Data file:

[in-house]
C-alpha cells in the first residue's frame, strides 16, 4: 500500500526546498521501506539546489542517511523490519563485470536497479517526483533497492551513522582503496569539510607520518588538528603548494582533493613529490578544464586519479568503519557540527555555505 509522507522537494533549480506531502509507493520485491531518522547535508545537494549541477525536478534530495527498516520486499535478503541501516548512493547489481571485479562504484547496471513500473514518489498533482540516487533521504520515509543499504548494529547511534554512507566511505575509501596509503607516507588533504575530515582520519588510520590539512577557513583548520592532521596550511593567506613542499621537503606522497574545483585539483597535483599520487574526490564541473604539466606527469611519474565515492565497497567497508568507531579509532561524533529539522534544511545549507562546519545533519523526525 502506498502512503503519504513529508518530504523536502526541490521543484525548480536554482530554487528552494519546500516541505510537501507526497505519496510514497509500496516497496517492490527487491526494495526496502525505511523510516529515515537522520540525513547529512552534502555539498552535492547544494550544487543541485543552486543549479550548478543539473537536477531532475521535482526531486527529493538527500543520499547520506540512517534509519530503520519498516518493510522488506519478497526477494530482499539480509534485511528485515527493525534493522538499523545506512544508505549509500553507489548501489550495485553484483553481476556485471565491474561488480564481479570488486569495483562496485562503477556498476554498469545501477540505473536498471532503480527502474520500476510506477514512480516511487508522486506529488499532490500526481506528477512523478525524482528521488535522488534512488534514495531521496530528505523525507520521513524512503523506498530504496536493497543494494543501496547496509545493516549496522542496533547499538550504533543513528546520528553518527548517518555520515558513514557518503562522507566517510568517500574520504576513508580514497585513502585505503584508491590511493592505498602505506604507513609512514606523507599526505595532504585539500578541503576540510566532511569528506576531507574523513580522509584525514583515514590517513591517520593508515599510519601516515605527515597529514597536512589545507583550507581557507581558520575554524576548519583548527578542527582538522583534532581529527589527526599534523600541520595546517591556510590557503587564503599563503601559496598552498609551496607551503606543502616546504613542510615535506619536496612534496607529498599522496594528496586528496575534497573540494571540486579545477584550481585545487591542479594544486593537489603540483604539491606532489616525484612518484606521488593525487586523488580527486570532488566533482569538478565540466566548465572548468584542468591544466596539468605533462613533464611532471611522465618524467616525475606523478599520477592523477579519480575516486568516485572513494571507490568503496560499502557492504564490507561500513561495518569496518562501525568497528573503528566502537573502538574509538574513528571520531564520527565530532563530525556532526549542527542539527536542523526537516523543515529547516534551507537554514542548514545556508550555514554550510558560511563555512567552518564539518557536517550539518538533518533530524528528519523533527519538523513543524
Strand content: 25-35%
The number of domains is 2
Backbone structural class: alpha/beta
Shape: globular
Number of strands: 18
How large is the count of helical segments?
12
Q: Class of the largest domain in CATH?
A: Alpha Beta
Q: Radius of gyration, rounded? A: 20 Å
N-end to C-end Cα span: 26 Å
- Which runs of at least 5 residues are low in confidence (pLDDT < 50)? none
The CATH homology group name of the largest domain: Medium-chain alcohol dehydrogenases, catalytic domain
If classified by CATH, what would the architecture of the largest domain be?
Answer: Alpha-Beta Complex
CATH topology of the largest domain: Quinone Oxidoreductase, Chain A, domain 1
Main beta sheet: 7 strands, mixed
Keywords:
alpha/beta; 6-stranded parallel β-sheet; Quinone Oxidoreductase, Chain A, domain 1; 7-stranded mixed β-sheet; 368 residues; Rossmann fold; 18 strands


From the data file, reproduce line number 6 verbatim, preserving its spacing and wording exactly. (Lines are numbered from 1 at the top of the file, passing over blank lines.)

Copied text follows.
Shape: globular